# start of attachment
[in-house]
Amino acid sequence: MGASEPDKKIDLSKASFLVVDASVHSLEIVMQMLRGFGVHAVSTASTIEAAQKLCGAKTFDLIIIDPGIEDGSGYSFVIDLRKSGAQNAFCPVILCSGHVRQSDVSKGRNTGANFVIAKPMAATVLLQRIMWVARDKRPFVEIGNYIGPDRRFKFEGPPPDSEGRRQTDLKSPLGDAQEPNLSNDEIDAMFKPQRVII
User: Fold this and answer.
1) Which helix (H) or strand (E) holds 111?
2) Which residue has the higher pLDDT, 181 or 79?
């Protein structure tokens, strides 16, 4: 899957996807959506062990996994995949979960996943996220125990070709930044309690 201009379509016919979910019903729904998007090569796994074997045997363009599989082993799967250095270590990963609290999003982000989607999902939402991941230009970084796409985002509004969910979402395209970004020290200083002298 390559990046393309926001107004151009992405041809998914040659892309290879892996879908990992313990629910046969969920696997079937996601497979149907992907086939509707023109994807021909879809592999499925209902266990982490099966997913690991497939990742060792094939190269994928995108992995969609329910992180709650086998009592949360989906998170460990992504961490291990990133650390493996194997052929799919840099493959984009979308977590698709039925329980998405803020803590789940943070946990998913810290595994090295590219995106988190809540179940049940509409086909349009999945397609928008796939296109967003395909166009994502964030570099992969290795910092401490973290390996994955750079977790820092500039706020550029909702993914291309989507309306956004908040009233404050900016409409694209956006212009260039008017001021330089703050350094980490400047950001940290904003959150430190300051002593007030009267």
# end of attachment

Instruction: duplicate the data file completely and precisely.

[in-house]
Amino acid sequence: MGASEPDKKIDLSKASFLVVDASVHSLEIVMQMLRGFGVHAVSTASTIEAAQKLCGAKTFDLIIIDPGIEDGSGYSFVIDLRKSGAQNAFCPVILCSGHVRQSDVSKGRNTGANFVIAKPMAATVLLQRIMWVARDKRPFVEIGNYIGPDRRFKFEGPPPDSEGRRQTDLKSPLGDAQEPNLSNDEIDAMFKPQRVII
User: Fold this and answer.
1) Which helix (H) or strand (E) holds 111?
2) Which residue has the higher pLDDT, 181 or 79?
């Protein structure tokens, strides 16, 4: 899957996807959506062990996994995949979960996943996220125990070709930044309690 201009379509016919979910019903729904998007090569796994074997045997363009599989082993799967250095270590990963609290999003982000989607999902939402991941230009970084796409985002509004969910979402395209970004020290200083002298 390559990046393309926001107004151009992405041809998914040659892309290879892996879908990992313990629910046969969920696997079937996601497979149907992907086939509707023109994807021909879809592999499925209902266990982490099966997913690991497939990742060792094939190269994928995108992995969609329910992180709650086998009592949360989906998170460990992504961490291990990133650390493996194997052929799919840099493959984009979308977590698709039925329980998405803020803590789940943070946990998913810290595994090295590219995106988190809540179940049940509409086909349009999945397609928008796939296109967003395909166009994502964030570099992969290795910092401490973290390996994955750079977790820092500039706020550029909702993914291309989507309306956004908040009233404050900016409409694209956006212009260039008017001021330089703050350094980490400047950001940290904003959150430190300051002593007030009267």